My all-time favourite Filipino dish is sisig, a grilled dish of pig’s ears and cheeks, seasoned with vinegar, chopped onions and chicken liver. There are many versions to sisig (which is traditionally prepared in three stages: boiling, broiling and grilling), making use of other ingredients like chicken, squid, tuna, pork cracklings (or chicharon), tofu and mayonnaise. There are wet and dry, as well as crunchy varieties.
There were two packs of frozen sisig I had bought from Hukad Manila a few weeks ago, and as I was thawing them for a traditional preparation with garlic rice, I realised it was the moist version when thawed. It gave me an idea to use it as a sort of ragu, since I had been making pappardelle strips out of fresh pasta dough.
A part of me was also worried whether I was appropriating both of these storied dishes; I wanted to make sure I wasn’t desecrating the rich traditions of sisig and ragu. The dish I had in mind is an amalgamation of memory — of trattorias in Rome that served hearty pasta with meat sauce made from off-cuts (Italian-style pasta sauce is never topped; the pasta is always mixed into the sauce), and of university days at the Ateneo, where I had my first taste of sisig at a restaurant called Ken Afford (how apt, when the student market was constantly on a tight budget), and had gotten hooked since, always ordering sisig every chance I got whenever we had saved enough allowance to “splurge” at restaurants along Katipunan Avenue.
The main similarity between the two cuisines is the use of different parts of the entire pig, including the head. The Romans apparently still refer to this type of cooking as cucina povera, or poor cooking, as the off-cuts were cheaper at market price. You can also find similarities in guanciale, or pork cheeks, cured and sold at a more palatable presentation at most delis; coppa di testa, or soppressata, cold cuts made with parts of the pig’s head, with Filipino sisig, as well as longanisa, chorizo, dinuguan, batchoy, dinuguan, among others.
Since the meat-based sauce in this kind of ragu is heavy considering the cuts involved, onions sweeten and neutralise the meat, chilli pepper provides heat and tones down the thick gelatinous texture, and calamansi juice balances the aromatics overall. The New York chef Sarah Jenkins explained in a New York Times article that some ragus are more delicate, others more robust; some have milk, others have wine; at the end, it’s really about what one’s personal preferences are as long as it’s delicious...I'd like to humbly add calamansi juice, as a nod to the Philippines.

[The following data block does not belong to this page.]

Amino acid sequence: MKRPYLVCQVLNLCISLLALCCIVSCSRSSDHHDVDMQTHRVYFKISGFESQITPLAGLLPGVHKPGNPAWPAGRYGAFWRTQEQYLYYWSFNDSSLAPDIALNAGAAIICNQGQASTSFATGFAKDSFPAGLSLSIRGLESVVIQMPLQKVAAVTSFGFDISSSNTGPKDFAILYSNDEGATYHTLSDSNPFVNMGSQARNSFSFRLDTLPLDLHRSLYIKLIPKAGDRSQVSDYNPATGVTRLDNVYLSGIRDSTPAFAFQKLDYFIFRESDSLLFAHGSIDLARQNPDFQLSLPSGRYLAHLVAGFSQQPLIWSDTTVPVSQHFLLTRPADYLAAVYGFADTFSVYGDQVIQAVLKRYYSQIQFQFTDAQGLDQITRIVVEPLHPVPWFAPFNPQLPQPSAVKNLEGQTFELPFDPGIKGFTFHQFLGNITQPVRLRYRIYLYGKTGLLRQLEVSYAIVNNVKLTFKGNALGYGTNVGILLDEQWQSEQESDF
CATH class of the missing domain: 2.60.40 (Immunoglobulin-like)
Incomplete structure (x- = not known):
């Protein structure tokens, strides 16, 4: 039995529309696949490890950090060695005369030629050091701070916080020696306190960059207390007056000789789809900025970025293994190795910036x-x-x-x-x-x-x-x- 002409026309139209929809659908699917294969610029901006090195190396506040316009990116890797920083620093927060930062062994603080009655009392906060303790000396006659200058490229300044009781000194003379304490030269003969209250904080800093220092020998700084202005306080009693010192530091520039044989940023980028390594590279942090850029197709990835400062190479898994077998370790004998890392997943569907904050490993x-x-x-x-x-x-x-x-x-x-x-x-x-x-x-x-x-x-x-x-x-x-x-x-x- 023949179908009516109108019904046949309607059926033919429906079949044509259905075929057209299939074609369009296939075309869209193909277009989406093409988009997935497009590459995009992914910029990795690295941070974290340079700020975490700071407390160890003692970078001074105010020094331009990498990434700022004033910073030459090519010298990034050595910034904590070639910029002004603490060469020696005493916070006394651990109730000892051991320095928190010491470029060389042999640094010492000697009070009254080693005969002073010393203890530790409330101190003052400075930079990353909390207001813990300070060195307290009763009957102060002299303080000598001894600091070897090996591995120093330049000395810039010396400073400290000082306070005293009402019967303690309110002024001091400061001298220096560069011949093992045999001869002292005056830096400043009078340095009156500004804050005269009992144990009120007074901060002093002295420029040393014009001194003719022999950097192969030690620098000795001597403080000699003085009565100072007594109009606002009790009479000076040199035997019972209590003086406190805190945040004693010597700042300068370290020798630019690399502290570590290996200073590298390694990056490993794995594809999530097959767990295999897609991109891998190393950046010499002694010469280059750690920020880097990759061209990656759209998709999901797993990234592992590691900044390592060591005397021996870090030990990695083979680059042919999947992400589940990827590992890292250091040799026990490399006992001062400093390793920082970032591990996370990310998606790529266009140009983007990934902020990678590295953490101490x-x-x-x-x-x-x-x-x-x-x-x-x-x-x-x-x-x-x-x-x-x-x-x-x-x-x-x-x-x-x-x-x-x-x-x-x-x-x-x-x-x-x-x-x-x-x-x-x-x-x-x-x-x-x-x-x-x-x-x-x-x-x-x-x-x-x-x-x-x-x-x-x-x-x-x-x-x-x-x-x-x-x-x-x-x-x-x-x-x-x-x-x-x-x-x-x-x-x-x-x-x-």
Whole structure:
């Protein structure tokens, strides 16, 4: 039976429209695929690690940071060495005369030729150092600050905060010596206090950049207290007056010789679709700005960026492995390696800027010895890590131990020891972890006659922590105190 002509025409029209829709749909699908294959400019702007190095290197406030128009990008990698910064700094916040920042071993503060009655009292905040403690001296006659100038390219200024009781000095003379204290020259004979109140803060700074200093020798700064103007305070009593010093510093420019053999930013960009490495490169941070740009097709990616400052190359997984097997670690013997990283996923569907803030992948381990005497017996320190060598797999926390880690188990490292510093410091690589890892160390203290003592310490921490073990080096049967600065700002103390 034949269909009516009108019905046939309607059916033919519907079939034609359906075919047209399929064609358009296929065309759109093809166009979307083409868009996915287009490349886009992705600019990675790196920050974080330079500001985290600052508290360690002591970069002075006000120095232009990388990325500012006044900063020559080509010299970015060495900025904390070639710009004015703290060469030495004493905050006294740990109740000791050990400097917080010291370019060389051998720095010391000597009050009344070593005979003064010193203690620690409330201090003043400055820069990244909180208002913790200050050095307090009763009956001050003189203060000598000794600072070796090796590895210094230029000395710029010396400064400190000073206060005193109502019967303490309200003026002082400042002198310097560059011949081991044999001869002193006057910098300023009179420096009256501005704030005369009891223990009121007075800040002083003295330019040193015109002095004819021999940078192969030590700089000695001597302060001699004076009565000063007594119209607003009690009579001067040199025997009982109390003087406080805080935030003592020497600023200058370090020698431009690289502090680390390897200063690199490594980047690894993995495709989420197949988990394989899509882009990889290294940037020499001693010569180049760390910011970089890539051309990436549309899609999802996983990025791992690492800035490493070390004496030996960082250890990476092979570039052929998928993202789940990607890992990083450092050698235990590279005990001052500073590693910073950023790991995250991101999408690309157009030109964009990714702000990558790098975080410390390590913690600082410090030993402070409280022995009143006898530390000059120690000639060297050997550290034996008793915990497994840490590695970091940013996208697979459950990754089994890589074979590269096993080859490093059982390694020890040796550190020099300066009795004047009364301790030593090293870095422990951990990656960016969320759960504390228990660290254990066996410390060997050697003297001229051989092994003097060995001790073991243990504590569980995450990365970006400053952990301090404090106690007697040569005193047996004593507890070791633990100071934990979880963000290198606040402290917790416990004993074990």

So here goes, a little lightbulb moment that meets two beloved culinary cultures that warms my heart and belly.
Cooking time: 15 to 16 minutes
300 grams pork sisig
400 grams pappardelle, fresh or packaged
1 large onion, thinly chopped
4-5 garlic cloves, minced
2 birdseye chilli (also known as siling labuyo, or, you can also use sili espada, or green finger chilli), cut into very small coins
1 calamansi, sliced in half
1 tablespoon vegetable oil
1/2 teaspoon red pepper flakes (for extra spice)
1. Cook pasta according to package instructions. If freshly made, allow pasta strips to dry flat or hung, at room temperature. In a stockpot or large sauce pan, heat salted water until it comes to a rolling boil. Drop 1-2 strips of pappardelle first to test heat. If it curls and wiggles like a worm, carefully drop the rest of pasta into the boiling water.
My first few attempts at the manual pasta machine produced these jagged strips. LOL! Fail! Keep practicing. :-D
Not as smooth and uniform as I'd picture it in mind, but this will do.
2. While pasta is cooking, heat cast iron pan or a large skillet for a minute or two, then pour vegetable oil in. Once oil shimmers, cook onions in and allow it to be translucent and turn brown, about 10 to 12 minutes.
3. Add garlic and chilli pepper in. Saute for a minute to release aroma. Add sisig and saute further for 3-4 minutes, squeeze calamansi juice in between, and toss frequently to allow juice and aromatics to combine.
Moist, shimmery, with a peppery fragrance
Moist, shimmery, with a peppery fragrancebo sizzle on the cast iron pan. By then, pasta should be done cooking as well. It's okay to undercook by a minute or two (e.g. if cooking time is 10 minutes, you can turn off heat by the 8th or 9th minute mark), because we will be transferring the pasta into the cast iron pan to continue cooking together with the sisig "ragu." Keep tossing to combine pasta and sisig sauce, until sizzle stops. Transfer to serving plates and garnish with calamansi and/or a finger chilli on top.